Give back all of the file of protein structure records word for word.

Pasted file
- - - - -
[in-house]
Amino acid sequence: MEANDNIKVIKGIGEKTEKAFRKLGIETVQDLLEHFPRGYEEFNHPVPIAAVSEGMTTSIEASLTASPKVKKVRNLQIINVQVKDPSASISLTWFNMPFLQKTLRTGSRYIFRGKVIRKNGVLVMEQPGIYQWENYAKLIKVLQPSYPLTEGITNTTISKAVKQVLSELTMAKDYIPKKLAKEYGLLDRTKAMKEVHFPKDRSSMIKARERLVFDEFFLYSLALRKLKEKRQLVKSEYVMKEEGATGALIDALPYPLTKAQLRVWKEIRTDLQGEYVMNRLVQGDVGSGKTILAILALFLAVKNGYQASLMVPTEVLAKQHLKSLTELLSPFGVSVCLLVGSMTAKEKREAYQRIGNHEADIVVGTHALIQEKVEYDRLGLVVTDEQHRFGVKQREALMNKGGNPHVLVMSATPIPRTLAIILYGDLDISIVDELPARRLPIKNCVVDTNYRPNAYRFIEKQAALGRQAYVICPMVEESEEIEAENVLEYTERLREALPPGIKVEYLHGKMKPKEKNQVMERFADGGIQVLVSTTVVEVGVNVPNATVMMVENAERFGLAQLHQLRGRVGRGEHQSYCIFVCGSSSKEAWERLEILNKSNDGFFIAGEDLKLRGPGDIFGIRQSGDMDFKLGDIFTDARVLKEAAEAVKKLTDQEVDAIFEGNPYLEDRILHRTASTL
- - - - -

[in-house]
Amino acid sequence: MEANDNIKVIKGIGEKTEKAFRKLGIETVQDLLEHFPRGYEEFNHPVPIAAVSEGMTTSIEASLTASPKVKKVRNLQIINVQVKDPSASISLTWFNMPFLQKTLRTGSRYIFRGKVIRKNGVLVMEQPGIYQWENYAKLIKVLQPSYPLTEGITNTTISKAVKQVLSELTMAKDYIPKKLAKEYGLLDRTKAMKEVHFPKDRSSMIKARERLVFDEFFLYSLALRKLKEKRQLVKSEYVMKEEGATGALIDALPYPLTKAQLRVWKEIRTDLQGEYVMNRLVQGDVGSGKTILAILALFLAVKNGYQASLMVPTEVLAKQHLKSLTELLSPFGVSVCLLVGSMTAKEKREAYQRIGNHEADIVVGTHALIQEKVEYDRLGLVVTDEQHRFGVKQREALMNKGGNPHVLVMSATPIPRTLAIILYGDLDISIVDELPARRLPIKNCVVDTNYRPNAYRFIEKQAALGRQAYVICPMVEESEEIEAENVLEYTERLREALPPGIKVEYLHGKMKPKEKNQVMERFADGGIQVLVSTTVVEVGVNVPNATVMMVENAERFGLAQLHQLRGRVGRGEHQSYCIFVCGSSSKEAWERLEILNKSNDGFFIAGEDLKLRGPGDIFGIRQSGDMDFKLGDIFTDARVLKEAAEAVKKLTDQEVDAIFEGNPYLEDRILHRTASTL